Leader of the Opposition Chakwera offered President Mutharika a five-point plan to improve governance. Basically it is an anti corruption plan, nothing more than that. I find that quite limited if we look at the situation in the country (shrinking economy, health care below standard, security below standard, education below standard with several universities closed, chaos at the passport desk at immigration, chaos at the road traffic department, attacks on the freedom of the press and freedom of expression the list goes on and on).
The answer from government is also telling: they do not say anything about the contents of the plan, which means they have run out of ideas. They do not say: the plan is flawed in this way and we have a better plan: that way. They say: Chakwera is frustrated. They go for the man instead of the contents.
But if we stick to the anti corruption plan: Chakwera offers five points for repression of corruption, which is important. But he forgets a whole area that can be even more effective: prevention. Prevention has several advantages over repression: it is much cheaper and does much less of an imposition on scarce resources, and above all: with repression the crime has been committed and the damage done, with prevention there is no crime to attend to in the first place. But in the end you need both for the best effect.
So how do you prevent corruption?
Everyone who took the trouble of paying attention to the issue knows (and the person who does not can fix that by reading the website of Transparency International and some blog posts by the famous blogger John K Black). Here is a short list (for the ideas of Chakwera and Mutharika):
- A change in labour laws that make corruption a reason for immediate dismissal, even before the criminal has been convicted (convictions always take years in Malawi’s s l o w judicial system) Standard must be a repay of all illegal gains at the cost of the organization.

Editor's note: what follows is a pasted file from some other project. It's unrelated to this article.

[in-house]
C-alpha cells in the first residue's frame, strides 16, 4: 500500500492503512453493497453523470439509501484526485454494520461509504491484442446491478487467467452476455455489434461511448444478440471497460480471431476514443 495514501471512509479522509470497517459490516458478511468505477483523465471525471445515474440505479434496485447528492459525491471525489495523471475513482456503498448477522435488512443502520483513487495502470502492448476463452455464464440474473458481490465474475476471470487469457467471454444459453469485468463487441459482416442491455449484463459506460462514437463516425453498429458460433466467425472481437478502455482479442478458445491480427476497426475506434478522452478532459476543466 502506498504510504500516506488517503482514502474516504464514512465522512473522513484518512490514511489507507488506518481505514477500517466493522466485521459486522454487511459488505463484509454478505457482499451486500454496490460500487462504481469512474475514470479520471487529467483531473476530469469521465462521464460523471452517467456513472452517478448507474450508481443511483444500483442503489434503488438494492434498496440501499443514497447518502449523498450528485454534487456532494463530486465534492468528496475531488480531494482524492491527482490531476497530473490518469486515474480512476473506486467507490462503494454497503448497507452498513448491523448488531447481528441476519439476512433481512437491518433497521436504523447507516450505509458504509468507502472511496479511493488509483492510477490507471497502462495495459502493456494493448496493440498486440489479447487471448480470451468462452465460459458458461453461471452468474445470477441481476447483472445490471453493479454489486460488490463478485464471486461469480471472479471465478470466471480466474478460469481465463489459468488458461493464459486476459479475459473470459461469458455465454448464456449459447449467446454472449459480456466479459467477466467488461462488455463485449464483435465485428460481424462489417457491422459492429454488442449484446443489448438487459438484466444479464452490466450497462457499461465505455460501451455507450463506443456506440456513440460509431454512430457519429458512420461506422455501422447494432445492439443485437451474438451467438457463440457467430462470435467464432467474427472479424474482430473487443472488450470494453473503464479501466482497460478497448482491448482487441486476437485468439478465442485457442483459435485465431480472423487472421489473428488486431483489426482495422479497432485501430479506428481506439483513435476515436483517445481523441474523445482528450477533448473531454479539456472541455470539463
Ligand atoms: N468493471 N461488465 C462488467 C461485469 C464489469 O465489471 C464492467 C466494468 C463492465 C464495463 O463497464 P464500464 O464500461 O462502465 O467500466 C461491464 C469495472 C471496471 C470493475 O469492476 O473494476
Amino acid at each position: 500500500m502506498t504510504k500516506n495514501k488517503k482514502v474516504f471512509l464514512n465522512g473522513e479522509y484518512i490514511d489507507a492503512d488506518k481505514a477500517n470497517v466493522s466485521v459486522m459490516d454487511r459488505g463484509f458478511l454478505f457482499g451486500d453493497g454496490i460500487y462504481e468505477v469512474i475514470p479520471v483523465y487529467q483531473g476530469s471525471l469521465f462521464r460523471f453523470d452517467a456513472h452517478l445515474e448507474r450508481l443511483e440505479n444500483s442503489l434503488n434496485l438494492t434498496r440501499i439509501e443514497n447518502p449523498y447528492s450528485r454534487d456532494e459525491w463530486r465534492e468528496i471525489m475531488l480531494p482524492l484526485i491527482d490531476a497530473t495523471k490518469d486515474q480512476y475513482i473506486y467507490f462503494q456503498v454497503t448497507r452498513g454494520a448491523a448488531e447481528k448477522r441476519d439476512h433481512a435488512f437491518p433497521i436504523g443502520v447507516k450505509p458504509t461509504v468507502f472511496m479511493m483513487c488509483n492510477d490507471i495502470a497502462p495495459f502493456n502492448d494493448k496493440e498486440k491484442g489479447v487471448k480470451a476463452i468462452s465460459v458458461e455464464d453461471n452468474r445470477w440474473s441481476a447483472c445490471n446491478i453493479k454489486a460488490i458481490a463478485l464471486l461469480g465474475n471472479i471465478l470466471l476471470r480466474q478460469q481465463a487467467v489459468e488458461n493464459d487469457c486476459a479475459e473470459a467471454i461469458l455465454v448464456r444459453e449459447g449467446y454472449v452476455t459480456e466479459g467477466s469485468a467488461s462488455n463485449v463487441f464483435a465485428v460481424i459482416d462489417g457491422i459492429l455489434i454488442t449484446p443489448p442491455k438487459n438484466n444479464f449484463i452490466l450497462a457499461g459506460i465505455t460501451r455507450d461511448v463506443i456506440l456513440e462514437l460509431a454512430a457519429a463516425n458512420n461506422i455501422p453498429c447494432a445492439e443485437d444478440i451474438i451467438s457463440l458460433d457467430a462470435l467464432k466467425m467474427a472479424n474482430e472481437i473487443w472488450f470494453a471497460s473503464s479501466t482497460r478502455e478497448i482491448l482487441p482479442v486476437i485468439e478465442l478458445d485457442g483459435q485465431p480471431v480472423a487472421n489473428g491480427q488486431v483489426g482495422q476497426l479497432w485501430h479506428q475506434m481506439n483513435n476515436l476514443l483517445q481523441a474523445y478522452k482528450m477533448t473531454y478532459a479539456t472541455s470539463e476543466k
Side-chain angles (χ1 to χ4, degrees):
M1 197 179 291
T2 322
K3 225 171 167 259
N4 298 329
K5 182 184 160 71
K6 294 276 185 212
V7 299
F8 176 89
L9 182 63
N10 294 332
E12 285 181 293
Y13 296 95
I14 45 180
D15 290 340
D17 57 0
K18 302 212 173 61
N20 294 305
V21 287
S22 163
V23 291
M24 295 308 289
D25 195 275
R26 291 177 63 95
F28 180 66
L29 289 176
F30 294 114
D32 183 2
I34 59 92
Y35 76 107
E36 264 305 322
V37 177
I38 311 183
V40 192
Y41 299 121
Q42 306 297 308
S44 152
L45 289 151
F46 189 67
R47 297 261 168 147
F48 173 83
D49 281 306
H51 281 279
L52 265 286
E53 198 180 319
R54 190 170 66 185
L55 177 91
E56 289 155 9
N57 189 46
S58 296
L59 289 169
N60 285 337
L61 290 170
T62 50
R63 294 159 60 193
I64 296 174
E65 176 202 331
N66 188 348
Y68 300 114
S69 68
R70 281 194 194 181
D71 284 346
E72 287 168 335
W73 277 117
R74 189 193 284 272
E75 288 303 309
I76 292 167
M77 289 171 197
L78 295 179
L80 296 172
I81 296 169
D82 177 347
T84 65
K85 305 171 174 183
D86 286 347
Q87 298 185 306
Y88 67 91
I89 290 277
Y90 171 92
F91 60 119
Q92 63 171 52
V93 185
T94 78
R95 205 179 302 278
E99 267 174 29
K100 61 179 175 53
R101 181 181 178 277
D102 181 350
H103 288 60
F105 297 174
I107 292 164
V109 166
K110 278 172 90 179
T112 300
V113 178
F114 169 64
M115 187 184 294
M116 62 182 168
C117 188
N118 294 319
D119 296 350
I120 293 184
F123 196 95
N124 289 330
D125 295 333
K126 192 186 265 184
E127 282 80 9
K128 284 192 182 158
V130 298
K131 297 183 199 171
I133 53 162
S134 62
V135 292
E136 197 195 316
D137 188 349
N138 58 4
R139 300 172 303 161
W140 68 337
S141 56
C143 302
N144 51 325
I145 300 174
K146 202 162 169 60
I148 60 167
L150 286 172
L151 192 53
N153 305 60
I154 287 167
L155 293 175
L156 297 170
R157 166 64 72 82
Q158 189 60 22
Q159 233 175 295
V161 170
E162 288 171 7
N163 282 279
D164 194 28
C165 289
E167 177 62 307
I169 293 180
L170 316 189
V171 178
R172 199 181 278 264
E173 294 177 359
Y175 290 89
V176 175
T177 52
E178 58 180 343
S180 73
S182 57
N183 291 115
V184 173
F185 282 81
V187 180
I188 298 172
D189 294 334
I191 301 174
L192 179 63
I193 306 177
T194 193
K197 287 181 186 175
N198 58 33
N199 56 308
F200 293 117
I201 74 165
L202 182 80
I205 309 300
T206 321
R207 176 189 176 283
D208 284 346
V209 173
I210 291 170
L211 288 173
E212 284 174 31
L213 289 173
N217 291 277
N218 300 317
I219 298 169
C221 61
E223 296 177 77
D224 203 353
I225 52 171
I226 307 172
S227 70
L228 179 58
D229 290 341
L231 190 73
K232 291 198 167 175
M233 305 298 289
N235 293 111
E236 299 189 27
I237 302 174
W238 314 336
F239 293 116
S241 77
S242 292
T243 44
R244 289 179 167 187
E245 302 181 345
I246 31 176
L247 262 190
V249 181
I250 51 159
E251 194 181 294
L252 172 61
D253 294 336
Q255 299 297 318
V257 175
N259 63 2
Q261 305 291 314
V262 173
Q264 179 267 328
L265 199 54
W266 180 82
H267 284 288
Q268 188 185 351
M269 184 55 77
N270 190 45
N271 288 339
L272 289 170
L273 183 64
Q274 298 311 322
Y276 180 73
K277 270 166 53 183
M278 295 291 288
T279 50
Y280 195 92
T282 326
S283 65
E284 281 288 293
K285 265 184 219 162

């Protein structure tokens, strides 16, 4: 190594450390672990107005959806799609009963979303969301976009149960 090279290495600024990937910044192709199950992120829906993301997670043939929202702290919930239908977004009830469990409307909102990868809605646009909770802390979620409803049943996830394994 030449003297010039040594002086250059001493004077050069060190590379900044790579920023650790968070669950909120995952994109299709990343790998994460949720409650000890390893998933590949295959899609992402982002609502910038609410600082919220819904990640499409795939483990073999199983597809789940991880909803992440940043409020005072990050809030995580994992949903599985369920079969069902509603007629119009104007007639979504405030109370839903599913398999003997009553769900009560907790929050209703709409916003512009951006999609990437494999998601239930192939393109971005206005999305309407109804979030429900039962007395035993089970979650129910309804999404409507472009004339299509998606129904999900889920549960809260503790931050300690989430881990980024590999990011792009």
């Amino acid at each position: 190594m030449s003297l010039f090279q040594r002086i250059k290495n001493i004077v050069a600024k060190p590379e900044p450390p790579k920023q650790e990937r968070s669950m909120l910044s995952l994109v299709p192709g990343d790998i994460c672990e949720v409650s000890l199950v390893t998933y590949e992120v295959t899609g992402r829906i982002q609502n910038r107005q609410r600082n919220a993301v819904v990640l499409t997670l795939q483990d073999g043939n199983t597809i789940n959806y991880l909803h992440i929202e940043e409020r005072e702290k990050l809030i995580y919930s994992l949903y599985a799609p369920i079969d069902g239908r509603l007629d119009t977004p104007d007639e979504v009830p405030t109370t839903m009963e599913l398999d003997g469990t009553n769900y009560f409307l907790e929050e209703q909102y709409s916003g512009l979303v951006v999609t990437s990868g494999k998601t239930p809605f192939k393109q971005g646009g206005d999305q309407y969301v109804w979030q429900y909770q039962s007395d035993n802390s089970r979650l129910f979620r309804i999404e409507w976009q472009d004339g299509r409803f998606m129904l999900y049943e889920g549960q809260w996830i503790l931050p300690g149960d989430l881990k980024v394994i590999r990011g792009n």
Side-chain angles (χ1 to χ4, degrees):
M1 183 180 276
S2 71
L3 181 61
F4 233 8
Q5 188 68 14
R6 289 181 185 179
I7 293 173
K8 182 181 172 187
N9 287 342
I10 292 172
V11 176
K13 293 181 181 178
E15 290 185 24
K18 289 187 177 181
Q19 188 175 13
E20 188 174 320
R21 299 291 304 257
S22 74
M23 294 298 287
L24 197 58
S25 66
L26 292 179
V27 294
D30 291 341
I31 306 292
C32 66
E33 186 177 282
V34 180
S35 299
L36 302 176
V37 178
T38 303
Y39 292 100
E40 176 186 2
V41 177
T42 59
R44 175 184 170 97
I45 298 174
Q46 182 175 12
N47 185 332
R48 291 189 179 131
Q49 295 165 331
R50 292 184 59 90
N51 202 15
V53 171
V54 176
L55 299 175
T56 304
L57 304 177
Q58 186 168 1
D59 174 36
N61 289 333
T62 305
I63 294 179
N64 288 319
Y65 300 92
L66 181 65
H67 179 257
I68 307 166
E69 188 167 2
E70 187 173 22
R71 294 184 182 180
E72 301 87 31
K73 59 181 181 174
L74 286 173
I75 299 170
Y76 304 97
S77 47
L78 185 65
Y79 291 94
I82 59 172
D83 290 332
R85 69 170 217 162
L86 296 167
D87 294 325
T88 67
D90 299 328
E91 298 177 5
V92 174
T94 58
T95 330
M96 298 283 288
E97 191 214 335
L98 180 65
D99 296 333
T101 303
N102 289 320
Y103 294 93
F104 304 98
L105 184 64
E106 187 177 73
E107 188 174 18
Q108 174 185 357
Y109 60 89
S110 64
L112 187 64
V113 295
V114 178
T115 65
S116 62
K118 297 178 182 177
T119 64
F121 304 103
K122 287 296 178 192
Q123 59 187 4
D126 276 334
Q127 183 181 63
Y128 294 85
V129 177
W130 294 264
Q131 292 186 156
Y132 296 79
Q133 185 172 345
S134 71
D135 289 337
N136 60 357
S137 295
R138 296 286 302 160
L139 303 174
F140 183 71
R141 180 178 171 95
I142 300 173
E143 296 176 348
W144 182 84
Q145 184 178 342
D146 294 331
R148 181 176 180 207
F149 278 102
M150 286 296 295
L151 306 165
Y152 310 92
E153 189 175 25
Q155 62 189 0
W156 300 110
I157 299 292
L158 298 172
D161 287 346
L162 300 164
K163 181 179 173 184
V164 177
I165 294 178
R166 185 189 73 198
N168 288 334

- Immediate assention to the Access to Information Bill with inclusion of all documents with no time limit, and without the limiting clause that the documents must be “for the exercise of one’s rights” Any government documents that are not endangering National Security must be public. If a document is claimed to endanger National Security a strong motivation must be given.
- Big signs in all government offices with the rights and duties of office bearers and the rights and duties of the population in Chichewa and English and where needed in the local language. The signs must show contact details for the complaints procedure. For instance in Admarc depots, for people being shortchanged when buying maize, and at roadblocks, to show which goods can freely be transported and for which ones a license is needed, and how to obtain the license.
- Empowerment of the ACB, Fiscal Police and Financial Intelligence Unit with staff and equipment, and cars from the Presidential Convoy, together with their drivers and fuel allowances.
- Training of the police, immigration service, road traffic and other offices perceived to be corrupt (according to the Malawian population in the TI report) with classroom training as well as role play (like Forum Theatre): what do you do if you notice corruption? Role play, the police officer can take the role of the actor playing the colleague noticing corruption.
- A website publishing all regulations, anything left out is not legally binding. A website can be updated in real time, so this is perfectly feasible. This one will work mostly for bigger projects as the local population has limited access to internet. But for building project and such it is important. It will also attract more Direct Foreign Investment, because an investor wants to know the environment he/she invests in.
- Overhaul of the regulatory framework: Transparency International has found one of the biggest drivers of corruption is unclear regulations and procedures. Simple regulations that are strictly enforced will level the playing field for the private sector, and limit corruption. O the other hand, the current situation with very complex regulations which are intermittently enforced produces corruption. If the individual duty bearer can decide which rule to enforce and which one to ignore, this is a recipe for corruption.
- All regulations must have time limits, so no handouts can be solicited for quick processing of any regulation. Again there must be a clear, quick and effective complaints procedure.